Cancer patients hit by shortage of chemotherapy drugs

Treatment rescheduled after production problems at Irish hospitals’ sole supplier

Chemotherapy-drug shortage: some oncologists have had to switch patients from intravenous to oral therapy. Photograph: iStock/Getty

Chemotherapy-drug shortage: some oncologists have had to switch patients from intravenous to oral therapy. Photograph: iStock/Getty

 

Up to 50 cancer patients have been affected by a shortage of chemotherapy drugs in hospitals across the State, according to the HSE.

The patients have been told that their normal treatment appointments are being rescheduled because of the shortfall. Deliveries of the intravenous drugs are expected to resume next Tuesday, as alternative arrangements for their compounding are made.

Baxter Healthcare, the monopoly supplier of compounded chemotherapy drugs to Irish hospitals, admitted it is experiencing a “temporary supply constraint”. “We are doing all we can to restore production capacity as quickly as possible and minimise the impact,” a spokeswoman said.

She apologised to patients and doctors and said production was expected to resume next week. “We are working with other Baxter compounding units in the UK to identify if any extra capacity can be utilised, advising hospitals to identify alternative supply arrangements and working diligently to revalidate equipment, which is necessary to resume production.”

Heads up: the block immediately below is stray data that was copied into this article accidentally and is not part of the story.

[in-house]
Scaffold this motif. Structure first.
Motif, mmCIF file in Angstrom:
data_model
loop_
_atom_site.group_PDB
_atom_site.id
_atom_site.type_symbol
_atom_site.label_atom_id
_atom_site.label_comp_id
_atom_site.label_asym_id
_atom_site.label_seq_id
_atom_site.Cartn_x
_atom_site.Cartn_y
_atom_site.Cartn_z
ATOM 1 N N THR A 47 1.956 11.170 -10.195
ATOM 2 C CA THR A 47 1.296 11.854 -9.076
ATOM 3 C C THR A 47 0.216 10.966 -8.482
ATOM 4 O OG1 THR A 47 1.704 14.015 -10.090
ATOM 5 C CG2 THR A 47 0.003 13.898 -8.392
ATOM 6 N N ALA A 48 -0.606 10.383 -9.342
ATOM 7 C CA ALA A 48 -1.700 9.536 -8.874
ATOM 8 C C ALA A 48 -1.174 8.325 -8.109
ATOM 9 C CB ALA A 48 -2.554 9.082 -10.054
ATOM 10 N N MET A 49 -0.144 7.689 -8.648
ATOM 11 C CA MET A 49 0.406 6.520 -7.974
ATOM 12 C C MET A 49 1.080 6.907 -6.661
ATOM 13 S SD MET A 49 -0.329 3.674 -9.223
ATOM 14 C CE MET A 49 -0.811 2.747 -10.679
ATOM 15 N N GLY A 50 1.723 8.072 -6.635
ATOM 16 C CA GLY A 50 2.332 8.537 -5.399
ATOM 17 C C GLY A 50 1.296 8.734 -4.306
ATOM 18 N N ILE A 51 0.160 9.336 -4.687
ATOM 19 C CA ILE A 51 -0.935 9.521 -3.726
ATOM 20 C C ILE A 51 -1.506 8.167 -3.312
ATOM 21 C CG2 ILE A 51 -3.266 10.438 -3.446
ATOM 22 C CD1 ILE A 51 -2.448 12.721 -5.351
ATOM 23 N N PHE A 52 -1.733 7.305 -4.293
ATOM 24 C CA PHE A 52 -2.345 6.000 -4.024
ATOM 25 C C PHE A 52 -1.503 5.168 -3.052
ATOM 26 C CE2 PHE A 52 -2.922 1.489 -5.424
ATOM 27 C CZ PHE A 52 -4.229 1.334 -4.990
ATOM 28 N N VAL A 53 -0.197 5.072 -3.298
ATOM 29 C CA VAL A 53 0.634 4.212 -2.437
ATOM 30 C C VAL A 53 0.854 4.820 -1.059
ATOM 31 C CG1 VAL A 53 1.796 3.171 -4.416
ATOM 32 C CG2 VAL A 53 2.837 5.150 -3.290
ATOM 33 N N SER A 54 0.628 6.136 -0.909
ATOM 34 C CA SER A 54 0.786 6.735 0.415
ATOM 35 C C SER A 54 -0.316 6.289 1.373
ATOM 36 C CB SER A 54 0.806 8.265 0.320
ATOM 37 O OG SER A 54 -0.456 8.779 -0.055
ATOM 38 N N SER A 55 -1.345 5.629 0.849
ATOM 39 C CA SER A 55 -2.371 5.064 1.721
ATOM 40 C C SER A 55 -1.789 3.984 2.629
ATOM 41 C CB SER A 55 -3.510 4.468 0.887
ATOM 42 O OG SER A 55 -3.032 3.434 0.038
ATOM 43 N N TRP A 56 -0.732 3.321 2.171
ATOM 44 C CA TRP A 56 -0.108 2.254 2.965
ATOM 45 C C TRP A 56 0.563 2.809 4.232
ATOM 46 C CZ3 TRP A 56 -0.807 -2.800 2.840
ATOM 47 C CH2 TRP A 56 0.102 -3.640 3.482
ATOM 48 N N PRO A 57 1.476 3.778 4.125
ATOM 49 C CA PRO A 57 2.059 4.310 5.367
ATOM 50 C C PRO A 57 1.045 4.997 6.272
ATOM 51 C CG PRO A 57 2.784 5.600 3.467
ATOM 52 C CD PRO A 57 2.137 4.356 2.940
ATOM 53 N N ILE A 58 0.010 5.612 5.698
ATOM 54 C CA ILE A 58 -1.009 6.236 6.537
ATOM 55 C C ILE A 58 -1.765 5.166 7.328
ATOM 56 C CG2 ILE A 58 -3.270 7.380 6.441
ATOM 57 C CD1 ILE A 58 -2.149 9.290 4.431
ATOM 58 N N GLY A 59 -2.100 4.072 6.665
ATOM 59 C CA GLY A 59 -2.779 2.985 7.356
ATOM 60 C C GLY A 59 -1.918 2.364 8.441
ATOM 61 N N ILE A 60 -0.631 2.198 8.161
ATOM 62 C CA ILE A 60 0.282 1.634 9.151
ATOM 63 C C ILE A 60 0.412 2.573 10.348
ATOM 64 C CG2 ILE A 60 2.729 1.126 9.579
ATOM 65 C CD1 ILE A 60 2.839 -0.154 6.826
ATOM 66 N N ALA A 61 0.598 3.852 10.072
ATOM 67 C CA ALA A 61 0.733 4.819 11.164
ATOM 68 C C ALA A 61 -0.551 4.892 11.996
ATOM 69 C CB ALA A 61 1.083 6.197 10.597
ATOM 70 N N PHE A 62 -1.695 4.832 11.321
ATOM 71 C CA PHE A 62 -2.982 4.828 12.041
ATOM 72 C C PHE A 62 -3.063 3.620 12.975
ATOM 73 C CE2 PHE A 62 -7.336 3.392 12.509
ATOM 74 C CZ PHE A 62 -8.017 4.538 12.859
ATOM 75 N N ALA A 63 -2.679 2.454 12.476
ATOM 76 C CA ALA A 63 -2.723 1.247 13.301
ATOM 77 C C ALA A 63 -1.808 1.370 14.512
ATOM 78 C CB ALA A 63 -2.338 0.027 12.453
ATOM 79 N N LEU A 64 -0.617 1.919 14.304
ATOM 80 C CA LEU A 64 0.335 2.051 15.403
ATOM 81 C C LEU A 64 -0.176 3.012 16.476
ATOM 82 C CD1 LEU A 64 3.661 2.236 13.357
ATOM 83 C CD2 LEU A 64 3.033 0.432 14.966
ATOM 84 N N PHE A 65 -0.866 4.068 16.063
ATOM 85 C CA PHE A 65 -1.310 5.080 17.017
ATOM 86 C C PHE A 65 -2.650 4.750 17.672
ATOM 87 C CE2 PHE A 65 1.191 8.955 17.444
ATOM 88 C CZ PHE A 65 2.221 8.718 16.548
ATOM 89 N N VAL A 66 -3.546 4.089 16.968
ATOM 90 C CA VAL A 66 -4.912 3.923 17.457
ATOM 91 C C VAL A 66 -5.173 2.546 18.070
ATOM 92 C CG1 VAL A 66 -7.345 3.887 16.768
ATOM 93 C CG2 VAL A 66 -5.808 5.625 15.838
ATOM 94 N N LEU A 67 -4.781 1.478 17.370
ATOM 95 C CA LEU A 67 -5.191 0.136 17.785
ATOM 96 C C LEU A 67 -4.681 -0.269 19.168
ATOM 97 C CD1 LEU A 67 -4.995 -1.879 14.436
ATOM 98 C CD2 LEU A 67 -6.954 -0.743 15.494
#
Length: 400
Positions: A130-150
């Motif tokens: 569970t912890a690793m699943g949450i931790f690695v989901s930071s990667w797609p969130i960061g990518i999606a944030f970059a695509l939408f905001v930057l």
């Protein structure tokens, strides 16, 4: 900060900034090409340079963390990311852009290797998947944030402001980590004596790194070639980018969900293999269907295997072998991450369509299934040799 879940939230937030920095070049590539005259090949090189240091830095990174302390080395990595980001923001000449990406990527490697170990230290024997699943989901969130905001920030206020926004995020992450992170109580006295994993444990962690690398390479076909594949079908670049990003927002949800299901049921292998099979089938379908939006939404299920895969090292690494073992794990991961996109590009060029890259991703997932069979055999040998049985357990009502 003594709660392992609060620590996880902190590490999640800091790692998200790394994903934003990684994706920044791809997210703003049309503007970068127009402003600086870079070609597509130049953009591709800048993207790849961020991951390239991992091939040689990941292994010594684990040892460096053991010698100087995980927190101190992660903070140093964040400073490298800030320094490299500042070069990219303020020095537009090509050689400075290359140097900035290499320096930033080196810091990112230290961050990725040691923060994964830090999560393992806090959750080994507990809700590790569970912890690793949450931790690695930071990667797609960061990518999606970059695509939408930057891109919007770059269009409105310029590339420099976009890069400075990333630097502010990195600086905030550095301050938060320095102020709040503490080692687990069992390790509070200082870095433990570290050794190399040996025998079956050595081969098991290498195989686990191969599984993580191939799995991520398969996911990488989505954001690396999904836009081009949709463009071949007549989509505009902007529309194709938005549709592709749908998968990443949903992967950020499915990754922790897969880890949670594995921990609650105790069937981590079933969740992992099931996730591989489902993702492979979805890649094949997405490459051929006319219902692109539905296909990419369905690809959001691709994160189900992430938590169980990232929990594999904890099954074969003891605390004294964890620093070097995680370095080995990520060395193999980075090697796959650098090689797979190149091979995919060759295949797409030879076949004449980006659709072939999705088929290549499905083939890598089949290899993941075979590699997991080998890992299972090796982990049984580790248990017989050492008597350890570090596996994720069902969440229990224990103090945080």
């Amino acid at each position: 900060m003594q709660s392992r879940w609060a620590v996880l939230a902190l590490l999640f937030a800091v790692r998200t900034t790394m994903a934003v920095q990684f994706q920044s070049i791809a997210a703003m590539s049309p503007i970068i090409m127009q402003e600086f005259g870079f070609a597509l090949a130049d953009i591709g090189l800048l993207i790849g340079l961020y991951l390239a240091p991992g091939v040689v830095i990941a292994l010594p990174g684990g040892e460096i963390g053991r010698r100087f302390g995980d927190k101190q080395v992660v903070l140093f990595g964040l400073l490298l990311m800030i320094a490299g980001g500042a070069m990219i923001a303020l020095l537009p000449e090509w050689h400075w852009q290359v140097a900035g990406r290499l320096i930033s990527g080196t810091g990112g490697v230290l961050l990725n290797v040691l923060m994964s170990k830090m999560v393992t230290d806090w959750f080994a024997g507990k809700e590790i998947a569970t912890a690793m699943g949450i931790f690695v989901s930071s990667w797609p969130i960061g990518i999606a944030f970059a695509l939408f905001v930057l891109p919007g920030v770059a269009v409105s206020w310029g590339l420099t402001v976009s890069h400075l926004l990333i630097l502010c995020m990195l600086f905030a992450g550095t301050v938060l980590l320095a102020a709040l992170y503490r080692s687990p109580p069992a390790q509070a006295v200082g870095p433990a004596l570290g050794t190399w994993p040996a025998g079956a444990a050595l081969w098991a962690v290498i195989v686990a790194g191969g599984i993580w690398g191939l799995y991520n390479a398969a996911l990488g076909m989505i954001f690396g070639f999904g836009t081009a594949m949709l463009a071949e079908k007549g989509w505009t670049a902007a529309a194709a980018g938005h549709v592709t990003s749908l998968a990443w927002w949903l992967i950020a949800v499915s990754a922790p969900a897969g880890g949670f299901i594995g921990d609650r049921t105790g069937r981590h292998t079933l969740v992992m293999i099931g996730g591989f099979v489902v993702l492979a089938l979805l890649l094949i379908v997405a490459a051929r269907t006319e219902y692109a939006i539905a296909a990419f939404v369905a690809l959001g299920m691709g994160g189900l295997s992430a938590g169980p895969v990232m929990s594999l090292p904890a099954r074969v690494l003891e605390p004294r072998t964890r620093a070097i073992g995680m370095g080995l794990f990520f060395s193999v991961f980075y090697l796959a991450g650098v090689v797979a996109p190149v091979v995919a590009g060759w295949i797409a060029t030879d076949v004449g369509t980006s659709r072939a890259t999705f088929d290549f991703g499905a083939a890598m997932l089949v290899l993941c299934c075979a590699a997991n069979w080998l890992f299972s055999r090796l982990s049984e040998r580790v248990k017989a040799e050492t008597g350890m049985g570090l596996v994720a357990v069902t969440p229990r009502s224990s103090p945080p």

The HSE described the problem as regrettable but said the vast majority of chemo patients would not be affected.

The Irish Cancer Society expressed concern that some cancer patients may not be getting the treatment they need because of the drugs shortage.

The Society said patients were focused on getting the most effective treatment available: “Worrying about how the supply of drugs will affect this treatment, could have a negative impact on patients who may already be experiencing significant distress”.

It said the vast majority of appointments would continue as scheduled and patients should attend unless contacted by the hospital saying otherwise.

Contingency plans

Donal Buggy, head of services and advocacy, said contingency plans should be put in place by all cancer-treatment suppliers so that if supply is interrupted, patients are not affected.

Three-quarters of chemotherapy products are made at compounding units within hospitals. The rest are largely manufactured by Baxter, a US multinational that took over the only other supplier, the Irish-owned Fannin Compounding, in 2015.

The Competition and Consumer Protection Commission cleared Baxter’s acquisition of Fannin despite finding that it would result in a significant reduction in the commercial supply of chemotherapy products to hospitals in the State.